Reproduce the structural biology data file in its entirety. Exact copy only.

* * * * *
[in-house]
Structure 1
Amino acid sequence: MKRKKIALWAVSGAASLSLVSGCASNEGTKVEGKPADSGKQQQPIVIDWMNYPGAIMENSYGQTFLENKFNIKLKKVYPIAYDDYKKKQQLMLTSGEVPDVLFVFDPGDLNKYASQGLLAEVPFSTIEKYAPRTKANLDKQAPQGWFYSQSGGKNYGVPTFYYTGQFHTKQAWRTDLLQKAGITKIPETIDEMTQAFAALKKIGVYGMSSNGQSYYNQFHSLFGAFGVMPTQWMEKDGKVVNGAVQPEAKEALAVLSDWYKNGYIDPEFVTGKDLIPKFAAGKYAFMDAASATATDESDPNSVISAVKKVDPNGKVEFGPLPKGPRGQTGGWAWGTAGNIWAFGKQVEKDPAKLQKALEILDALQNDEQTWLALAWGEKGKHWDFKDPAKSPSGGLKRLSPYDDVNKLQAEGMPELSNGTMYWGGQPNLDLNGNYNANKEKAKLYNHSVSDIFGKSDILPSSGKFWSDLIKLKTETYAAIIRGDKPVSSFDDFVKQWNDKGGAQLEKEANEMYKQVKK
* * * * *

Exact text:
[in-house]
Structure 1
Amino acid sequence: MKRKKIALWAVSGAASLSLVSGCASNEGTKVEGKPADSGKQQQPIVIDWMNYPGAIMENSYGQTFLENKFNIKLKKVYPIAYDDYKKKQQLMLTSGEVPDVLFVFDPGDLNKYASQGLLAEVPFSTIEKYAPRTKANLDKQAPQGWFYSQSGGKNYGVPTFYYTGQFHTKQAWRTDLLQKAGITKIPETIDEMTQAFAALKKIGVYGMSSNGQSYYNQFHSLFGAFGVMPTQWMEKDGKVVNGAVQPEAKEALAVLSDWYKNGYIDPEFVTGKDLIPKFAAGKYAFMDAASATATDESDPNSVISAVKKVDPNGKVEFGPLPKGPRGQTGGWAWGTAGNIWAFGKQVEKDPAKLQKALEILDALQNDEQTWLALAWGEKGKHWDFKDPAKSPSGGLKRLSPYDDVNKLQAEGMPELSNGTMYWGGQPNLDLNGNYNANKEKAKLYNHSVSDIFGKSDILPSSGKFWSDLIKLKTETYAAIIRGDKPVSSFDDFVKQWNDKGGAQLEKEANEMYKQVKK